In the Chilean hills, you can find some of the most beautiful geoglyphs in the world — enormous drawings of animals and people, dozens of feet high, created by the neolithic peoples in this region thousands of years ago. But the annual Dakar Rally may be wrecking them.
According to El Mundo, the Association of Archaeologists in Chile protests the Dakar Rally every year, because the event takes vehicles and people all over the hills where the geoglyphs are. Motorcycles race across the hills without a track, and spectators gather and park wherever they can to get a look at the action. The archaeologists worry that footprints are disturbing the geoglyphs, which were created over centuries by people adding or removing colored rocks and sand. If the sand is moved around by tracks, it will destroy the outlines of these magnificent pieces of human history.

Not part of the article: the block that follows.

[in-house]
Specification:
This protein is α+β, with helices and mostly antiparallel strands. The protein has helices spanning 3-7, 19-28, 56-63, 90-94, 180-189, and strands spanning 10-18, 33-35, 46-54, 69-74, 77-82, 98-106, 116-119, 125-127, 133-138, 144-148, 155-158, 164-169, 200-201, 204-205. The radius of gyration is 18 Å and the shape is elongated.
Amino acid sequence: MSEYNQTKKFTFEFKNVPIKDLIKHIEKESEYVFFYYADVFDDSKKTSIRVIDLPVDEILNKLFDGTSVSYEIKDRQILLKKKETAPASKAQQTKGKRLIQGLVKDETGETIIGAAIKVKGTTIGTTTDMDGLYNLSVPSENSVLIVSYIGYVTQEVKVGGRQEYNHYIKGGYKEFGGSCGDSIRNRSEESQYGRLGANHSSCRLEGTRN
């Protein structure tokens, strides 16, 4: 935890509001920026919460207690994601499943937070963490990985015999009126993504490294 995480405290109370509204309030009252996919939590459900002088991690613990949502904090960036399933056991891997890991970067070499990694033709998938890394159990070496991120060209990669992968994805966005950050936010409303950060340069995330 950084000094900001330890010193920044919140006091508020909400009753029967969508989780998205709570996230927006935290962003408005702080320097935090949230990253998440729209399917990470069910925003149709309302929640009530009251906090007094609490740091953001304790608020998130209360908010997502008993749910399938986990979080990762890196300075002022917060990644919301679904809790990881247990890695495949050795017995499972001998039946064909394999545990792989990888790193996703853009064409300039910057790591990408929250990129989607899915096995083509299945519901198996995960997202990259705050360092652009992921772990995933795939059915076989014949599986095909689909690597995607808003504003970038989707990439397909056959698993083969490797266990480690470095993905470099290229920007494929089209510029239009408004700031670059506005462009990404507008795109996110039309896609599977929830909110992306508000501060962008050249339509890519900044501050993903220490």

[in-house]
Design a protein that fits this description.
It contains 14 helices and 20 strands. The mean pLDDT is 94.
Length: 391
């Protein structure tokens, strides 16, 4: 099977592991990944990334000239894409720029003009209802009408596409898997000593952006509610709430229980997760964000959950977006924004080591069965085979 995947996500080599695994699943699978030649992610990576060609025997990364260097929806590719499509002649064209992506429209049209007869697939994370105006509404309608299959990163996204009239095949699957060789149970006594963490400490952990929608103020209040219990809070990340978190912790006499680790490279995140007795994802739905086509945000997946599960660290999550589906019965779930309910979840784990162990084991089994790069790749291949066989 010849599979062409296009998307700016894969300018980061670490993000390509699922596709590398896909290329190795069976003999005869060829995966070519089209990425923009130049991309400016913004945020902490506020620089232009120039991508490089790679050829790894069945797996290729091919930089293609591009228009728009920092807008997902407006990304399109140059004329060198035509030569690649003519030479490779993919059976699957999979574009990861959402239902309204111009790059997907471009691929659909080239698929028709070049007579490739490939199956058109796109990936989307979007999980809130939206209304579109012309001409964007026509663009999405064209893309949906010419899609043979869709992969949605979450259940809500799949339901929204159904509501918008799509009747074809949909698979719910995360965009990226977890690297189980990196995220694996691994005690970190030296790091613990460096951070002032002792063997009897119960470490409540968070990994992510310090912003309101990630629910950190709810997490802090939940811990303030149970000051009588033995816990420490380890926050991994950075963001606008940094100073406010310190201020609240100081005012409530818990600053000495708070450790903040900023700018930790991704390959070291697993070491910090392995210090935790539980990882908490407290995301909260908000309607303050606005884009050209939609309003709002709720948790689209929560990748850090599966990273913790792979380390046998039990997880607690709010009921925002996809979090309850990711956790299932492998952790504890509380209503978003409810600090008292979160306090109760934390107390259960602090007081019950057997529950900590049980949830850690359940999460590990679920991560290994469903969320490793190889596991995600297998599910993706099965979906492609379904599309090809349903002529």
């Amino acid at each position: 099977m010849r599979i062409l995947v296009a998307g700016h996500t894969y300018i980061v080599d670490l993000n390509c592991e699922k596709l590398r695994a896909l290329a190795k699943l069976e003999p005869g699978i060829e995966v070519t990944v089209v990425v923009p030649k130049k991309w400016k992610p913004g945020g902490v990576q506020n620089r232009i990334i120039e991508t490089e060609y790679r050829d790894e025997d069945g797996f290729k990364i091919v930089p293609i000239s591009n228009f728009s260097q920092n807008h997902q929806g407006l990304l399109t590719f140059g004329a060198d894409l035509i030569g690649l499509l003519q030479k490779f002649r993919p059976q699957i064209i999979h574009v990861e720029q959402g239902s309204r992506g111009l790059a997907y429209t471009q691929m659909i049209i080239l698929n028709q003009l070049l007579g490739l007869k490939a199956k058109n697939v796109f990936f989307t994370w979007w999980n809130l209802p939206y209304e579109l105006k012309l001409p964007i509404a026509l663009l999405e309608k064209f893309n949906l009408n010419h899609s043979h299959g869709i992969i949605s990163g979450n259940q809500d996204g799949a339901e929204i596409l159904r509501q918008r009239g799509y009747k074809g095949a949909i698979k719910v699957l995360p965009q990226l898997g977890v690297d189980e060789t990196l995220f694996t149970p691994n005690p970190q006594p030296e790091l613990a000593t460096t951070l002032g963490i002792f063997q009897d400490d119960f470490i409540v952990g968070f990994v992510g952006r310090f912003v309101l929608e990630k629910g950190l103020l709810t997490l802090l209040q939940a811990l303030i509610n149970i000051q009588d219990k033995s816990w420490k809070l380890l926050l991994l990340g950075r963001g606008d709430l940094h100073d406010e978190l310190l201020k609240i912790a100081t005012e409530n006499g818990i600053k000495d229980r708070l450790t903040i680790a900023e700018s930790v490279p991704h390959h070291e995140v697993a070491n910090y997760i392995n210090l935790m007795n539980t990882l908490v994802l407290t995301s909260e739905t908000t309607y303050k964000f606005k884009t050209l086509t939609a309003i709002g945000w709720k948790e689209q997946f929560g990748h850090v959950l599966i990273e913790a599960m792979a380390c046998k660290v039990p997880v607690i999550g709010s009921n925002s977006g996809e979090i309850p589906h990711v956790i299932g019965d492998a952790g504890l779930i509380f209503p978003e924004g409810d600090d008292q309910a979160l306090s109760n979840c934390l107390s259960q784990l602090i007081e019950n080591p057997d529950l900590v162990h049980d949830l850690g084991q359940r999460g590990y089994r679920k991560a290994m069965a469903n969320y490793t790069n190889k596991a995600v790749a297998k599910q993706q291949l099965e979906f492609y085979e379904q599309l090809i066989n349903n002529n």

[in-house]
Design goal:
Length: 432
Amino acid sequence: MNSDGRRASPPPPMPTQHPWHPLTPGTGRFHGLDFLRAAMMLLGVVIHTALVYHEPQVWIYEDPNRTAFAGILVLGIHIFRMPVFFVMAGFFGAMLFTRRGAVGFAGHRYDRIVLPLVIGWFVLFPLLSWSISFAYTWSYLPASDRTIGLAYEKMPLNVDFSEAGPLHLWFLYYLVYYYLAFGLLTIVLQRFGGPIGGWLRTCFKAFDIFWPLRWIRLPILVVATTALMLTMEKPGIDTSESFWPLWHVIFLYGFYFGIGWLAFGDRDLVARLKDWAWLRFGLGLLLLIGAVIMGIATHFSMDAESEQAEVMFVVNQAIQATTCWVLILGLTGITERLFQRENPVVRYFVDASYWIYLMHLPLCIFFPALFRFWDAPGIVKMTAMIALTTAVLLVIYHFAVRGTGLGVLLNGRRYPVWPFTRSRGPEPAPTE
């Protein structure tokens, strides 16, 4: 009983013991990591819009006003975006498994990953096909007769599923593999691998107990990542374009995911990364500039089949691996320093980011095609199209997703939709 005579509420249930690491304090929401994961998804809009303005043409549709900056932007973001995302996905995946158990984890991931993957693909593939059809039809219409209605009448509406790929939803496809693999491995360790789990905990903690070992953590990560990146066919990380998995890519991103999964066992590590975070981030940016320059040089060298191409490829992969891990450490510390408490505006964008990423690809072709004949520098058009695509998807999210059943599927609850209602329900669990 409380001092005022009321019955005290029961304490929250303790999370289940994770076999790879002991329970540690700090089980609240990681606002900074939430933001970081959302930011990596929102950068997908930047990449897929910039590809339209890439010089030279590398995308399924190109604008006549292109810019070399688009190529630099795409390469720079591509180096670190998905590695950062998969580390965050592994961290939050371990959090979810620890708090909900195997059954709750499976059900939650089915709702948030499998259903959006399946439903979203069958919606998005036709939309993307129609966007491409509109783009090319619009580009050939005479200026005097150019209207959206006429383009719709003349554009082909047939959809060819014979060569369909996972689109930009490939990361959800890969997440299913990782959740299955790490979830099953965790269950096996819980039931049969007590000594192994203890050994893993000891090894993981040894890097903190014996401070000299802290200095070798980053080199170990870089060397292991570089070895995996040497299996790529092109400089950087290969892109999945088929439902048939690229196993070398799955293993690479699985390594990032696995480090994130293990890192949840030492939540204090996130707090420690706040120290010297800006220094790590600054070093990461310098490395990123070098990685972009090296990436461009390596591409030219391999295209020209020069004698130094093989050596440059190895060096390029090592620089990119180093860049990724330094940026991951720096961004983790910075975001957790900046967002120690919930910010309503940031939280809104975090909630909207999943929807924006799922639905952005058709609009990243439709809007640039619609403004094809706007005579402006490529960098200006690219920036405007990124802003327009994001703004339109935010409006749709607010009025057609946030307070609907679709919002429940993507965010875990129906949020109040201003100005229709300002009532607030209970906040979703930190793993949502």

The archaeologists hope to put a stop to the Dakar Rally under a Chilean law that gives citizens the right to live in a pollution-free environment. In Chile, "cultural heritage" is defined as part of the environment — and this is exactly what the race is threatening.
Paola Gonzalez, vice president of the College of Archaeologists, told El Mundo:
The format of the rally, where riders have a logbook with directions but can travel wherever they want, makes it difficult to protect archaeological sites or sites of historical and cultural value. They leave a swarm of footprints in pristine areas such as the Atacama Desert. We are blind to the real magnitude of the destruction.
El Mundo adds:
Research carried out by the National Monuments Council (CMN) in December last year, reveals that at least 207 sites of archaeological and historical, were damaged in the wake of Dakar from 2009 to 2012.
Read more at El Mundo